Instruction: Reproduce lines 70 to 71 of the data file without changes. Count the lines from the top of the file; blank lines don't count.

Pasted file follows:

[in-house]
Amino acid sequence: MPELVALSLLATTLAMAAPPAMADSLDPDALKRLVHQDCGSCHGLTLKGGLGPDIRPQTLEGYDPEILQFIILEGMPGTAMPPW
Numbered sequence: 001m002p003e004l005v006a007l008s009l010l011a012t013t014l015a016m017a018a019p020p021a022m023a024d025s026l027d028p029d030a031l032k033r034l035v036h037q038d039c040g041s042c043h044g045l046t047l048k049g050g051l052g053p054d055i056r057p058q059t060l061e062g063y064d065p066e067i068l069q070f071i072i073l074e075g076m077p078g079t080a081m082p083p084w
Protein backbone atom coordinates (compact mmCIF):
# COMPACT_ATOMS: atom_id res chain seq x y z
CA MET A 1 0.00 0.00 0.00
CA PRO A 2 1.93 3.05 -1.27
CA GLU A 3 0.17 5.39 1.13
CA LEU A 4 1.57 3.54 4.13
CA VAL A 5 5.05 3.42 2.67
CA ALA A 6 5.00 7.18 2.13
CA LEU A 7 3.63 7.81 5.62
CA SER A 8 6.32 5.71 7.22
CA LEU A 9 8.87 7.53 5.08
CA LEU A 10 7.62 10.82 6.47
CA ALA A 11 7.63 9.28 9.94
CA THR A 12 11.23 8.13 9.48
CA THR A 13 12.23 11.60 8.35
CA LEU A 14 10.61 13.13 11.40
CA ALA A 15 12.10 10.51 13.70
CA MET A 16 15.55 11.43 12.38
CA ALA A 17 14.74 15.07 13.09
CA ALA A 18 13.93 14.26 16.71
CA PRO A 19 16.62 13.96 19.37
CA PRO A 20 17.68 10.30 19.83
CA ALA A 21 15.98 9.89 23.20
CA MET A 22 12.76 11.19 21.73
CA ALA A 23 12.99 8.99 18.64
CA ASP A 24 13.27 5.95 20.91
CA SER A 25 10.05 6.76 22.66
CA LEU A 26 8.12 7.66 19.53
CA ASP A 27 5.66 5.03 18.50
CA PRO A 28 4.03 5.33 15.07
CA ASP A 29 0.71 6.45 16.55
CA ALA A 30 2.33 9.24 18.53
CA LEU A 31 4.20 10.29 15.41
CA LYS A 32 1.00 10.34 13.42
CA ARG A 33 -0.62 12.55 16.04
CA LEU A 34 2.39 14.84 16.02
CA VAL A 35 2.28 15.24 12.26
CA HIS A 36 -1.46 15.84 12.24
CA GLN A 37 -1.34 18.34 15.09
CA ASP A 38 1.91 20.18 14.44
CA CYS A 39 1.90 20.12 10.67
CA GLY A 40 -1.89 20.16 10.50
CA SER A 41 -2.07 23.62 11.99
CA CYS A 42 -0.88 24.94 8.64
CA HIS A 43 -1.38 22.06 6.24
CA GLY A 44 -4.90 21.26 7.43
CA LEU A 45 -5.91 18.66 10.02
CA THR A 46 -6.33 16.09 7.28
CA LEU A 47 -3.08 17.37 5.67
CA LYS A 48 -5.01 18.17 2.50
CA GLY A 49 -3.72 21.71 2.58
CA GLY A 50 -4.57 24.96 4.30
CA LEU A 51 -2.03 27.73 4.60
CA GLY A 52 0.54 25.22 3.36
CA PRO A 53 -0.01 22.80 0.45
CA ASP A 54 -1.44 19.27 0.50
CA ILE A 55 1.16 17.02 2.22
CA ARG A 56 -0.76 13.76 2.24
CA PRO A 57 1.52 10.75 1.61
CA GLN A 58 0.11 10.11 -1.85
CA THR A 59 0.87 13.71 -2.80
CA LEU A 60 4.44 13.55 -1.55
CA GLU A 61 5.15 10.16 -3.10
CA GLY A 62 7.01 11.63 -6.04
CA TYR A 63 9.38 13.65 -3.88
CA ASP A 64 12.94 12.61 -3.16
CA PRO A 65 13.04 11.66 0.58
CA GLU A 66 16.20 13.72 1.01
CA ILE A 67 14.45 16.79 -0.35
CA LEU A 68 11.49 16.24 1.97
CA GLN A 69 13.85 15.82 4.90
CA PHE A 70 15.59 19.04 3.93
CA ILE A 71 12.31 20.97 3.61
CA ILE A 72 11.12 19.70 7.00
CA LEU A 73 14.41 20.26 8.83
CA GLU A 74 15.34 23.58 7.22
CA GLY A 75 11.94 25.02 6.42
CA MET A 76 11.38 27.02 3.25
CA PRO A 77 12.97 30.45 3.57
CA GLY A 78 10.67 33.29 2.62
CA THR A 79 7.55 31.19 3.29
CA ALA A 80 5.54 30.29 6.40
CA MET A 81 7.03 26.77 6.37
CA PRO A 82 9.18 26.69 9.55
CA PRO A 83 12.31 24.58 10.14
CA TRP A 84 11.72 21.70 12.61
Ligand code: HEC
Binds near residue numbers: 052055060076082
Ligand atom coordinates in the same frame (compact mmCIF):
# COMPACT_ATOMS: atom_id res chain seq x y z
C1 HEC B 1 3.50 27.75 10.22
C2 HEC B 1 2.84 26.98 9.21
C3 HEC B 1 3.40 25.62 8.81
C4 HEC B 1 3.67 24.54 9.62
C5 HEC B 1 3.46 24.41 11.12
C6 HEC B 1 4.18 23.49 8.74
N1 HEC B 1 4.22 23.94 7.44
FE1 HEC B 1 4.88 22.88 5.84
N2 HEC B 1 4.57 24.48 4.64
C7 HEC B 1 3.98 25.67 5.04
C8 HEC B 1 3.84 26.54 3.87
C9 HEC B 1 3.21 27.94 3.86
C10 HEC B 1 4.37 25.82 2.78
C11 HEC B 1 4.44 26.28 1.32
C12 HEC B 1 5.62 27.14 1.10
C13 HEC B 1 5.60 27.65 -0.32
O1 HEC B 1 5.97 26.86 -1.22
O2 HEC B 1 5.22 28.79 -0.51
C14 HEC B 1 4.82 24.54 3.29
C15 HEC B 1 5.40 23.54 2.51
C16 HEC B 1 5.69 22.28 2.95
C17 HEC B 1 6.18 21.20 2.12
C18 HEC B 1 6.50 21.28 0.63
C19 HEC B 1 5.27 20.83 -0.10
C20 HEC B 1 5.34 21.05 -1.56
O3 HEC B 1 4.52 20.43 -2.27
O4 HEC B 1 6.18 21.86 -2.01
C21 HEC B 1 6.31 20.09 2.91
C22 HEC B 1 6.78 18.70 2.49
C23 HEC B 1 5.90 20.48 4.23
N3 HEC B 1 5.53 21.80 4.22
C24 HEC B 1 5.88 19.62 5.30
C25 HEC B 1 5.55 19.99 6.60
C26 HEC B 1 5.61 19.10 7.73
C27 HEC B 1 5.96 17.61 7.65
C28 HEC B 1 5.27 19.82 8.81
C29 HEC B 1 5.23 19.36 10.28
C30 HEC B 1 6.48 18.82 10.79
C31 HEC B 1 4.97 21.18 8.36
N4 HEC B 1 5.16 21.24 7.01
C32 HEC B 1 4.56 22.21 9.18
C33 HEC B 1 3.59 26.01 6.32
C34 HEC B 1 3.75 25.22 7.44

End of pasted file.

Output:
CA PRO A 65 13.04 11.66 0.58
CA GLU A 66 16.20 13.72 1.01